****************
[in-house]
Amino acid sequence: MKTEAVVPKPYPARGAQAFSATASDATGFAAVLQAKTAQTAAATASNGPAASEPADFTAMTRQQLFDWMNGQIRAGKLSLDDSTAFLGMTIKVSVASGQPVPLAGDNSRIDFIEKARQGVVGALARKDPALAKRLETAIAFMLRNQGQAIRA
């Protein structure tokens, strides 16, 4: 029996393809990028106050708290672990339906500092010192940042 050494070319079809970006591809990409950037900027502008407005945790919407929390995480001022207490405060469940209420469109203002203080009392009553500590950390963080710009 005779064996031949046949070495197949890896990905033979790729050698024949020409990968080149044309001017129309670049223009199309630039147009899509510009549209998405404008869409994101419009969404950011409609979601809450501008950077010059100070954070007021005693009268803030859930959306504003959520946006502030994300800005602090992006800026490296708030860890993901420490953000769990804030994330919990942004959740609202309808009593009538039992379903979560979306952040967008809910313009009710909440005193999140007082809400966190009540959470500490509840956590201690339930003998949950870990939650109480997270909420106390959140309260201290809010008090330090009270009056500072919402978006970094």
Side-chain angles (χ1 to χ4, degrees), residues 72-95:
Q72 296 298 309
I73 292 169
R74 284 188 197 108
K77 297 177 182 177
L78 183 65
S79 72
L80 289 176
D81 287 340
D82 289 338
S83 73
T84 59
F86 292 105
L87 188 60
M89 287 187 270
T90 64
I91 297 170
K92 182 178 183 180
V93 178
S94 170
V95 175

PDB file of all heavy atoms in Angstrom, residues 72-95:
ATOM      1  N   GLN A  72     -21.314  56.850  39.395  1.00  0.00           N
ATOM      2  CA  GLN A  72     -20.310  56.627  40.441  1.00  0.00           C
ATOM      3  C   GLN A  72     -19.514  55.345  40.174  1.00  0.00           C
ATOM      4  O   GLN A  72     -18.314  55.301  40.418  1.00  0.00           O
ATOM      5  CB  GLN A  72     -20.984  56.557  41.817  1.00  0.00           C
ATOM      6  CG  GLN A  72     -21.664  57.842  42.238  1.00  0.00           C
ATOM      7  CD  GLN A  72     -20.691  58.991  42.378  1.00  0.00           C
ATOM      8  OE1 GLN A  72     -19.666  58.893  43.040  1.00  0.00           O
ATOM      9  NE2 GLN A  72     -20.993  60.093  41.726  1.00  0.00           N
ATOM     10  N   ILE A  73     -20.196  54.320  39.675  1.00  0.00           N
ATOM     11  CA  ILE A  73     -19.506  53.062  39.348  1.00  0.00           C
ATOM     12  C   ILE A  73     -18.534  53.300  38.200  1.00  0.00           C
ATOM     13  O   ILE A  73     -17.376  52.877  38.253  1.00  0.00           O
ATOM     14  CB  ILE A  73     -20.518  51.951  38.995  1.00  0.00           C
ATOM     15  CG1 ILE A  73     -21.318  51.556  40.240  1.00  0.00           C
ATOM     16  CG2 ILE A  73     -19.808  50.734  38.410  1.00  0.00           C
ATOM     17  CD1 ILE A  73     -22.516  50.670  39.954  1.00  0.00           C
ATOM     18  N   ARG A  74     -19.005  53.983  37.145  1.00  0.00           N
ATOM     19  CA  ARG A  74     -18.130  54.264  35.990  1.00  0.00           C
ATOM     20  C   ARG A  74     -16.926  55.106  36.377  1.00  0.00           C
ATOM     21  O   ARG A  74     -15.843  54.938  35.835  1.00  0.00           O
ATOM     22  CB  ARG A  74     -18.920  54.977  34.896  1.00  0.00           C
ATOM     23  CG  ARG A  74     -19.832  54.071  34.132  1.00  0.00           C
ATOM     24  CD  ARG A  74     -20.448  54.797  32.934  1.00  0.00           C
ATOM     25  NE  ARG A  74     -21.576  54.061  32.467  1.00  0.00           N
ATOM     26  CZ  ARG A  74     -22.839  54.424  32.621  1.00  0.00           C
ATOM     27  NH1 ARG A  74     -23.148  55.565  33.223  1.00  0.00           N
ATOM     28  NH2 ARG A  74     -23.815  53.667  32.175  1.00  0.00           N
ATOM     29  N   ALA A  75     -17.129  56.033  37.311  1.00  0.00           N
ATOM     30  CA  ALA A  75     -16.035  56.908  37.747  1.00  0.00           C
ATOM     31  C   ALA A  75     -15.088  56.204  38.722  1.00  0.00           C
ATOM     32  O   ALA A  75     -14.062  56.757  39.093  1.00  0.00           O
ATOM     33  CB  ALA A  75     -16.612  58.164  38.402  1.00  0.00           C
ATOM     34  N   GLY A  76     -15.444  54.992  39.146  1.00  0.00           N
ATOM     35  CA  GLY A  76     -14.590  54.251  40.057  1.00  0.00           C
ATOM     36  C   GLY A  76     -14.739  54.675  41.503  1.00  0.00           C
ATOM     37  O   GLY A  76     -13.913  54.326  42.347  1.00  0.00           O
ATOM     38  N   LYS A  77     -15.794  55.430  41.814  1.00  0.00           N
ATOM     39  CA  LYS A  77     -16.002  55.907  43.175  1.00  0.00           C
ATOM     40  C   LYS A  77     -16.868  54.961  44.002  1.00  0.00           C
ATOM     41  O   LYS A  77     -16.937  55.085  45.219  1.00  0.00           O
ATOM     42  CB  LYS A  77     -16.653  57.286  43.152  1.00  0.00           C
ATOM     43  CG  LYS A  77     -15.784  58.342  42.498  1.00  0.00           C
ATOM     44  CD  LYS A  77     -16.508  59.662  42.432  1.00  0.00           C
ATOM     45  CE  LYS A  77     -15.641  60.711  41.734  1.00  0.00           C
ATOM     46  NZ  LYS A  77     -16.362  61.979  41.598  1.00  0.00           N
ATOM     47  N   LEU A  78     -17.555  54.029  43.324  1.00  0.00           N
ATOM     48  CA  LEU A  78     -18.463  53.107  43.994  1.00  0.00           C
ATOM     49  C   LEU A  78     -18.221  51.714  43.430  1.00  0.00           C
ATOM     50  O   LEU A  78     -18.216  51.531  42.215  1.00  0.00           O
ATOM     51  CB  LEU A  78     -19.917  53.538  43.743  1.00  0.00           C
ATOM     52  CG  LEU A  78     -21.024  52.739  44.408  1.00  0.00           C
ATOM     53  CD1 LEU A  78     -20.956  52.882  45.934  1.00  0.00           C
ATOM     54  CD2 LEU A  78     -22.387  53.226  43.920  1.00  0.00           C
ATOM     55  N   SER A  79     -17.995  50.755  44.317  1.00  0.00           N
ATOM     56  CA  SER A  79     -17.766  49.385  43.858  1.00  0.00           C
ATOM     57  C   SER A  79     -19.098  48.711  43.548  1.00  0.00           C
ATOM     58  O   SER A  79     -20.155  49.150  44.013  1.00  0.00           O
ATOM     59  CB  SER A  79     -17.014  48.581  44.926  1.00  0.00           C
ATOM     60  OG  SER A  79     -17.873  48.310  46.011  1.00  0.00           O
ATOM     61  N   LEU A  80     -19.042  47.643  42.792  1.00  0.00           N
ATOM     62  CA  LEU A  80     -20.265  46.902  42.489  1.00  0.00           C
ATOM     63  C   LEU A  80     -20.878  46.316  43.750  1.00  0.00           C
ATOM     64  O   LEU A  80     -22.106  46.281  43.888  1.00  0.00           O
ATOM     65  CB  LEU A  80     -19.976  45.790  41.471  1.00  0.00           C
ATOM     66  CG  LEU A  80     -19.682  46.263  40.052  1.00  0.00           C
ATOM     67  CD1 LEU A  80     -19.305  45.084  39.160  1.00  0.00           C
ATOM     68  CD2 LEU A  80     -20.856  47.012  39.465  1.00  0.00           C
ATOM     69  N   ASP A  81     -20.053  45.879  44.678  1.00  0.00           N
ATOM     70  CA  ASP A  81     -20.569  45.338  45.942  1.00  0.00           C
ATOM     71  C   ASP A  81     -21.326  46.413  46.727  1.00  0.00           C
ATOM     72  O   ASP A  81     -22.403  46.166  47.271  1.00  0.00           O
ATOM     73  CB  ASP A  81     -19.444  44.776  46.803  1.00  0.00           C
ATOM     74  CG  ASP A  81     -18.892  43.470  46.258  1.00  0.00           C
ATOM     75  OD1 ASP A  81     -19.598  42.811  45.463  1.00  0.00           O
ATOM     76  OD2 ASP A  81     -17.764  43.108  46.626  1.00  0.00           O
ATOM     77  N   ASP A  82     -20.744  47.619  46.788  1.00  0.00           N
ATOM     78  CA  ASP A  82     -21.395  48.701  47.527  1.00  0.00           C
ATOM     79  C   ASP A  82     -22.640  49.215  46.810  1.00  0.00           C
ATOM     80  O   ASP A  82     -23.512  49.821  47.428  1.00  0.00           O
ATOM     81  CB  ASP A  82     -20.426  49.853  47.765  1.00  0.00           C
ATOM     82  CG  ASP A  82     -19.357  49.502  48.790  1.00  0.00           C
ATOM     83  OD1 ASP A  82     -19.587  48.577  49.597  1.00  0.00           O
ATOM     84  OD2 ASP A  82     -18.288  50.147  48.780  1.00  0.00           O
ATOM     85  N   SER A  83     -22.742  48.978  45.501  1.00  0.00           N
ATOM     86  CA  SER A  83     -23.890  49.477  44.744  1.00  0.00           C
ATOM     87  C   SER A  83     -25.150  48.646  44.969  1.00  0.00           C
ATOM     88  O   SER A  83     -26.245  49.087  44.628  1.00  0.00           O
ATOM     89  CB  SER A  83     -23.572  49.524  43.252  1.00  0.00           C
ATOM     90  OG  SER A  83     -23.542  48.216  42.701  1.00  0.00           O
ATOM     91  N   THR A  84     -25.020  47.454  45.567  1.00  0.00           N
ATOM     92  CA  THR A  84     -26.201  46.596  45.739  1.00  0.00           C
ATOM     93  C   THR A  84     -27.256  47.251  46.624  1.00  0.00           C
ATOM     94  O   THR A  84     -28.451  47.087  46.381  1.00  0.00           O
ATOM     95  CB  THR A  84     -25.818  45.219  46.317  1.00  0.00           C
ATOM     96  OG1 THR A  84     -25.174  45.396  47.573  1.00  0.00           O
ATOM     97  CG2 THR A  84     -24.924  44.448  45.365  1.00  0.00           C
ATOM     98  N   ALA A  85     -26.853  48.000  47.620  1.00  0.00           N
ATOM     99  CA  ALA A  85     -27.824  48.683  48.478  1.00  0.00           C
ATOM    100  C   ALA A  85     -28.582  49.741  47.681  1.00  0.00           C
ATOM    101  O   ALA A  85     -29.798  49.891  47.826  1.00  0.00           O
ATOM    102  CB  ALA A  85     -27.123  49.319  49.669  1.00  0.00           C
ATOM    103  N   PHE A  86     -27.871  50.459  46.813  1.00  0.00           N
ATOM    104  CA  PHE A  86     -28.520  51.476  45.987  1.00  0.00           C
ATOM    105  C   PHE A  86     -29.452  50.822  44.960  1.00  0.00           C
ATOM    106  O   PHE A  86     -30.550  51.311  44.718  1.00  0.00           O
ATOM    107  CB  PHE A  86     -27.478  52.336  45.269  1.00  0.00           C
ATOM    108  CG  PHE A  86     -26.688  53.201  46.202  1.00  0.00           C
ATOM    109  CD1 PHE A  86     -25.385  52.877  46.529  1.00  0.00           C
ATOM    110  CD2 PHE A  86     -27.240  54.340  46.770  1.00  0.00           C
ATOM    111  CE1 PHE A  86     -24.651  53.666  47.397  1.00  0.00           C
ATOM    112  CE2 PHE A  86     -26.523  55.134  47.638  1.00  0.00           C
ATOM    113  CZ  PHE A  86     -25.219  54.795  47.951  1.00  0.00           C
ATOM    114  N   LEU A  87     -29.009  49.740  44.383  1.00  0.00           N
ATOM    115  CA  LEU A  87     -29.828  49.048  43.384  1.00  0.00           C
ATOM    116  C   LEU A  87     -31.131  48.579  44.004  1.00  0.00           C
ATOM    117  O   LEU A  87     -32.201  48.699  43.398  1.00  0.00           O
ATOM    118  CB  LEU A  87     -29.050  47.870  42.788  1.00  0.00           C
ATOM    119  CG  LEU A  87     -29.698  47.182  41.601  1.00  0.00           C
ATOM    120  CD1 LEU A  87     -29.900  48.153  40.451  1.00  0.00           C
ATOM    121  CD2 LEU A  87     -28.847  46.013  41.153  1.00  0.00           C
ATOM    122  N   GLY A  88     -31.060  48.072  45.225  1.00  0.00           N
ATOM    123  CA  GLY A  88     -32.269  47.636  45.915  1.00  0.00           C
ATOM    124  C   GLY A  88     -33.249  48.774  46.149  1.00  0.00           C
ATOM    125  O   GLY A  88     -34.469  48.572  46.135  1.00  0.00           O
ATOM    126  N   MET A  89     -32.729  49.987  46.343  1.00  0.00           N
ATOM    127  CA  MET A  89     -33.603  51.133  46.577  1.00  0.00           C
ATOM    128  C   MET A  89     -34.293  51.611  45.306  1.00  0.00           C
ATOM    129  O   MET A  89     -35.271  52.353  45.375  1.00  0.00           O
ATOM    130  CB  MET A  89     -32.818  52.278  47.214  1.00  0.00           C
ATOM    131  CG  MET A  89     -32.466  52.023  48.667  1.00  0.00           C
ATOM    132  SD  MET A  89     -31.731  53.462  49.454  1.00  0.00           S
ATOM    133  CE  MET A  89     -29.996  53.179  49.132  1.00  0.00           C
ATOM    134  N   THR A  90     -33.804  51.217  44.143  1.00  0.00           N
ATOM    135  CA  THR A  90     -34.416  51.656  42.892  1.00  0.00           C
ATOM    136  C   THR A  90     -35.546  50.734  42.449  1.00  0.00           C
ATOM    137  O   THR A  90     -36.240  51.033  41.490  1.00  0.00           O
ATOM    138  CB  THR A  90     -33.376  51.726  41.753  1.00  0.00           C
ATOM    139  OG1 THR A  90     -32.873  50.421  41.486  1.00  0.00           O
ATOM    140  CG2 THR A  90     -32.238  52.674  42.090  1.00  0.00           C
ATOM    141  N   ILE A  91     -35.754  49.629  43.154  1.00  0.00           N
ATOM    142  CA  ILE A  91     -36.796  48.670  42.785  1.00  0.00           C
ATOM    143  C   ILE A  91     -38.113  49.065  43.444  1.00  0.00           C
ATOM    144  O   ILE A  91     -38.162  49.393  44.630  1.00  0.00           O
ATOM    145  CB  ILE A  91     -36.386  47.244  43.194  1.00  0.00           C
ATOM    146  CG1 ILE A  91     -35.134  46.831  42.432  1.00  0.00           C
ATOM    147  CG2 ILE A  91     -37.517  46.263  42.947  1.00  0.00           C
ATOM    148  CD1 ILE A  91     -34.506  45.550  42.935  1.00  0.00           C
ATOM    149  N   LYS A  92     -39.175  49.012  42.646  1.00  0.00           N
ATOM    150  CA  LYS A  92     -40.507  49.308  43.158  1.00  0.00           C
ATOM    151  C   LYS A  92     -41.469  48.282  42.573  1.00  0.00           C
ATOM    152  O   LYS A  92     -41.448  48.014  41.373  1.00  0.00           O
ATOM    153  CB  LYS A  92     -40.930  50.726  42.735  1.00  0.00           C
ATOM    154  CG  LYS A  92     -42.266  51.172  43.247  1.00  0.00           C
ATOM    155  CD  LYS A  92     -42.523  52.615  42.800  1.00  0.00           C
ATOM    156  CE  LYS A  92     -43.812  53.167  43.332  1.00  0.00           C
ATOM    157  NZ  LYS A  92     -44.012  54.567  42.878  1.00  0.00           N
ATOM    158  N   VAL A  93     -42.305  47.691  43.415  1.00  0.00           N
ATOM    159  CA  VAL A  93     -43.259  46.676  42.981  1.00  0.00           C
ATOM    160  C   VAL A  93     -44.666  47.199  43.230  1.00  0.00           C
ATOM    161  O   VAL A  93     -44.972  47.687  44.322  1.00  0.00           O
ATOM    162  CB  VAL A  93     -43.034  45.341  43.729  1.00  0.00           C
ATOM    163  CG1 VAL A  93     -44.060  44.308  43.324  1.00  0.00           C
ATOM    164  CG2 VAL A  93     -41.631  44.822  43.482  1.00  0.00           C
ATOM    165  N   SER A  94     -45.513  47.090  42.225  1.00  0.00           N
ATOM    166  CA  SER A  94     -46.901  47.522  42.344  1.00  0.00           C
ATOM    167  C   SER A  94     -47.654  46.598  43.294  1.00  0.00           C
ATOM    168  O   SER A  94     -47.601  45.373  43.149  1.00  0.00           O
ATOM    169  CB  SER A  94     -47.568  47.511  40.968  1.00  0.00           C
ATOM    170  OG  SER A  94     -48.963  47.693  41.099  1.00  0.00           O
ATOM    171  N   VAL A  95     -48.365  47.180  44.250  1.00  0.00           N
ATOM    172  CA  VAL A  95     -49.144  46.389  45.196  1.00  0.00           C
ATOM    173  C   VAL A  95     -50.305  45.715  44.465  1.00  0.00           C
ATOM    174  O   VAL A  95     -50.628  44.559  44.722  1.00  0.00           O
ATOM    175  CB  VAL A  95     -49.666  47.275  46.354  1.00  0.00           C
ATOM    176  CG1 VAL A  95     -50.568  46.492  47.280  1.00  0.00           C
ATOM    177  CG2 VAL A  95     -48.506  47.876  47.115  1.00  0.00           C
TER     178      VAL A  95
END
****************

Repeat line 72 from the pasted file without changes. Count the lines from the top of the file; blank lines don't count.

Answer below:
ATOM     47  N   LEU A  78     -17.555  54.029  43.324  1.00  0.00           N